I finished Christenbury, and I am astounded that this woman had the courage to “retrace” her journey and recognize, what she deemed, her few successes and many failures after returning to a high school classroom. Further, I could continue to empathize with the trials and tribulations she encountered, because she acknowledges many of my fears as a pre-service teacher: That I won’t get kids engaged. That they won’t be motivated to do the work. That they will be products of the standardization of our education system, etc.
Although Christenbury had one particularly good experience with her class, while reading Death of a Salesman, I recognize that the classroom she describes doesn’t sound like a classroom community. Rather, it seemed to lack trust, respect and unity and I think this was an ongoing and a huge reason why this experience wasn’t as productive as Christenbury would have liked. In the text she even admits that “the class did not discuss well or productively…the cliques ruled” (25). Obviously this scenario isn’t ideal, and we need to confront the possibility, the likelihood that some of our classrooms may be similar to Christenbury’s. Further, I wonder what you all think regarding how much of a role did her being an outsider play in this experience? Although she does check in with the actual teacher of these kids and they can commiserate over some of their mutual experiences, I still think her being a guest to this classroom influenced this situation.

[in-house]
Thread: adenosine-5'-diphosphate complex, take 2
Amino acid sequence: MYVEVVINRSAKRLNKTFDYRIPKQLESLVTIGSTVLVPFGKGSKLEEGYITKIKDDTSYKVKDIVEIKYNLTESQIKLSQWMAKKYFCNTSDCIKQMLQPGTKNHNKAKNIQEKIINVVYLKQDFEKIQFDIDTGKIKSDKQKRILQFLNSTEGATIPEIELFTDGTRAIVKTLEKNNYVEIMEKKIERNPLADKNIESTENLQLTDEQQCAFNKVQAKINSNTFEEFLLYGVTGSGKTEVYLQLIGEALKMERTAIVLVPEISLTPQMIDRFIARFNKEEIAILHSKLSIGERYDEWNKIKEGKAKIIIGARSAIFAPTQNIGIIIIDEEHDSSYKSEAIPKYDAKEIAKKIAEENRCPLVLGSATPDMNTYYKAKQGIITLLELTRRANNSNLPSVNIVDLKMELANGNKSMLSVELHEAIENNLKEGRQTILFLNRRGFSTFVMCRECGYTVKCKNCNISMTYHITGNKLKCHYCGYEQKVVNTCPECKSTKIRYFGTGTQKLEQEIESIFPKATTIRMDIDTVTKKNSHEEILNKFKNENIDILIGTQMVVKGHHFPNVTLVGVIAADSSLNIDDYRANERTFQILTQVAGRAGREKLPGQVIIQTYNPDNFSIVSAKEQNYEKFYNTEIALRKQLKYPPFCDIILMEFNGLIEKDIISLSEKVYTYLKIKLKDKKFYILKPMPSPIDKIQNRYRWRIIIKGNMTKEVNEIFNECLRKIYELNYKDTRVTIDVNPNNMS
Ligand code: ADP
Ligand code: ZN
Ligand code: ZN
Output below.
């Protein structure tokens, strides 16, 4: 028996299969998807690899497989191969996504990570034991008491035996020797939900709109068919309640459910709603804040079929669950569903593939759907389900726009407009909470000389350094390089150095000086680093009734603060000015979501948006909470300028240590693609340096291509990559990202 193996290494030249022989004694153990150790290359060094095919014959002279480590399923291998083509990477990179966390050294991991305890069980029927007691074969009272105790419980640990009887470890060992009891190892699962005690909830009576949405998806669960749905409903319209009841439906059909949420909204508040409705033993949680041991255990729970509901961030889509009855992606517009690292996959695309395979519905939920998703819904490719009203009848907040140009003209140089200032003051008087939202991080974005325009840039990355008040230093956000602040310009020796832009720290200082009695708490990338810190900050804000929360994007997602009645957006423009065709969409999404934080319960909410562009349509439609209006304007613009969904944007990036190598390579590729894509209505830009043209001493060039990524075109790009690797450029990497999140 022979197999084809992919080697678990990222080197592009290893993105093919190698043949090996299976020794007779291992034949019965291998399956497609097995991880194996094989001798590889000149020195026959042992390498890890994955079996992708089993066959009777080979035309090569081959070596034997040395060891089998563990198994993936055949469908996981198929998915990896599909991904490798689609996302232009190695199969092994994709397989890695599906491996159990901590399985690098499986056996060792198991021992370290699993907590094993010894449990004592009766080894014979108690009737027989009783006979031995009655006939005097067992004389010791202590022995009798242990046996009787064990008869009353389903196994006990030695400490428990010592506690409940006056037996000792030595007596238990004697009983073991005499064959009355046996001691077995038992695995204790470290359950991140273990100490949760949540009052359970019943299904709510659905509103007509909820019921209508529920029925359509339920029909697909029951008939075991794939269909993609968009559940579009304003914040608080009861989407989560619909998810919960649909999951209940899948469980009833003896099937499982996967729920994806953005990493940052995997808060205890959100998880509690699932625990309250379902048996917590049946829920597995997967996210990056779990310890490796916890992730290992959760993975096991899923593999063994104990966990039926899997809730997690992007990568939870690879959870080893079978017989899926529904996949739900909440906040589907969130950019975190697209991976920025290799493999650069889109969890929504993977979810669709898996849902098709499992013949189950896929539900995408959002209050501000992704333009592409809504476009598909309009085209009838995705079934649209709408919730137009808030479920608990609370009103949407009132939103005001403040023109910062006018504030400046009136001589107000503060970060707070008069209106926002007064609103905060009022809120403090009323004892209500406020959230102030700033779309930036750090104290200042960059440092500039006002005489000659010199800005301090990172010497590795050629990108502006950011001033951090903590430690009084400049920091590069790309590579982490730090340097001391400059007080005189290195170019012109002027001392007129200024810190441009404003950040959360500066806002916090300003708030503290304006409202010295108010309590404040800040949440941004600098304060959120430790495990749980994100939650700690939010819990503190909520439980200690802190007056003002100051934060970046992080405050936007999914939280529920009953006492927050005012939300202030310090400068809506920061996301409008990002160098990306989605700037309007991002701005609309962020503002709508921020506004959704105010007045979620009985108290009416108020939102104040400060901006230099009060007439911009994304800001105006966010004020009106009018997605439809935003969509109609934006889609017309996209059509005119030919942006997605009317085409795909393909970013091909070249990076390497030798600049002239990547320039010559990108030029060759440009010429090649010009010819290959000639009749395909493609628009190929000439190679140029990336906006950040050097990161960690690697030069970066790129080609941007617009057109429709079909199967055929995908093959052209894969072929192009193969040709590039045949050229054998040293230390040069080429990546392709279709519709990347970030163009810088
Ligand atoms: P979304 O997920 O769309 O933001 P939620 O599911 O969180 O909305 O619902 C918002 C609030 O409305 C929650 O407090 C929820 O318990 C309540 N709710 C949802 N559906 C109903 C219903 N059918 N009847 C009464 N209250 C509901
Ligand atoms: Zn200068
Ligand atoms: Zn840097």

I was shocked when she described the absent work ethic of her students. Granted, many of them were facing more important issues, such as motherhood, but work ethic is a reflection of one’s character, and this a “real world” characteristic that individuals and need. Further, for those who have read work by Friedman and/or Pink, work ethic is something these adolescents will desperately need in the future, when they will be competing with people from all over the world to work and therefore, to survive. Further, I think Christenbury was doing some extremely interesting projects and assignments with these kids, and I think that the work was very meaningful. For example, she gave them research projects with several different choices, many of which I found very interesting and will consider for future potential projects, such as movie trailers, reading individually selected YA books, doing research on family histories. Yet many of the students still didn’t care, or cared temporarily, but were not permanently invested in their education, their personal work and achievements. It was tragic for me to read this. Did you feel the same?
PS: I will post on the Conference ASAP.